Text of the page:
There is no reason to be shocked at our current suffering for the name of Christ. Rather, we should expect it and rejoice in it. Suffering purifies us and joins us to Christ in the present and prepares us for our reunion with Him in the future. Therefore, rejoice and be glad!

What Does Suffering Reveal? (v. 14)

After addressing the proper response to suffering by exposing suffering as the link between a believer’s life and Christ’s, Peter continues to flesh this concept out. What are the major implications of Christian suffering? In short, Christian suffering is one of the major indicators that one is a Christian.

Suffering Reveals a Believer’s Blessing (v. 14a)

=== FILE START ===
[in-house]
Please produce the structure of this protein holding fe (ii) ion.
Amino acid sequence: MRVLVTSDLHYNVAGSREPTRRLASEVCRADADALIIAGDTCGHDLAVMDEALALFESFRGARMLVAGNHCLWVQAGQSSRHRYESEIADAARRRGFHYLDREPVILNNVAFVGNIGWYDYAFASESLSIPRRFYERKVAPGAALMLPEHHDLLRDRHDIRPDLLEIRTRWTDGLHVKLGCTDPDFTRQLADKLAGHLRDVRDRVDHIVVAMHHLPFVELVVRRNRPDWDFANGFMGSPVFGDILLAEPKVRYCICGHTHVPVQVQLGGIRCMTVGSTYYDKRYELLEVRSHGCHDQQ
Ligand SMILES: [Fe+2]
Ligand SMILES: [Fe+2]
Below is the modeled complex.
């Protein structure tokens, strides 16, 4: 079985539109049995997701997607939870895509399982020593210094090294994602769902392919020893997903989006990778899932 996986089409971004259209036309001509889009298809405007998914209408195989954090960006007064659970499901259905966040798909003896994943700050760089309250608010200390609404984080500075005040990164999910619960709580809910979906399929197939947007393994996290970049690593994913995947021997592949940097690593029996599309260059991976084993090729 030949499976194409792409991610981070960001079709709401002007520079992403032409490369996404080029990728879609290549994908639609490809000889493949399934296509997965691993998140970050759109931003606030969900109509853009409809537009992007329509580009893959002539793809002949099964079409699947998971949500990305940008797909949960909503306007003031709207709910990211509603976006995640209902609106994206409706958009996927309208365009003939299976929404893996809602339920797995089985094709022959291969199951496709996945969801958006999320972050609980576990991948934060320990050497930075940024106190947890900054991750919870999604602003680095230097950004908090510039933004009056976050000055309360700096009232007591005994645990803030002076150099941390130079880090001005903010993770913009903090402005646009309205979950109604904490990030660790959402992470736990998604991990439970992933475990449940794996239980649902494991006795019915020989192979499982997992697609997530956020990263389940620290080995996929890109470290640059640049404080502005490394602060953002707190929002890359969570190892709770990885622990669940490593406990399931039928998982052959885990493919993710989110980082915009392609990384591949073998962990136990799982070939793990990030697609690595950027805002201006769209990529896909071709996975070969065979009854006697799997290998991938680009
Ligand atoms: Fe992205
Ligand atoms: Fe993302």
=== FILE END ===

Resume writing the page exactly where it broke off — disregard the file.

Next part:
If you are insulted for the name of Christ, blessed!

Here we have an indication of the main source of suffering. While government ran pogroms against the church had already occurred in Rome after the fire of 64 AD and will occur again in pockets of the empire, the emphasis Peter continues to use is on the slander and insults give to believers by the pagan culture (3:16; 4:4, 14). The source of persecution has not been a faceless government, but the neighbors, clients, employers, and previous friends of Peter’s readers.

If Peter drew on Jesus’ words in Matt. 5:12 in the previous verse, he certainly is drawing on Matt. 5:11 here. Both Peter and Jesus use the same term insult or slander (ὀνειδίζω) and recognize the same reason for the insult. When Peter labels this insult as in Christ’s name (ἐν ὀνόματι Χριστοῦ) he means because of Christ’s name.[2]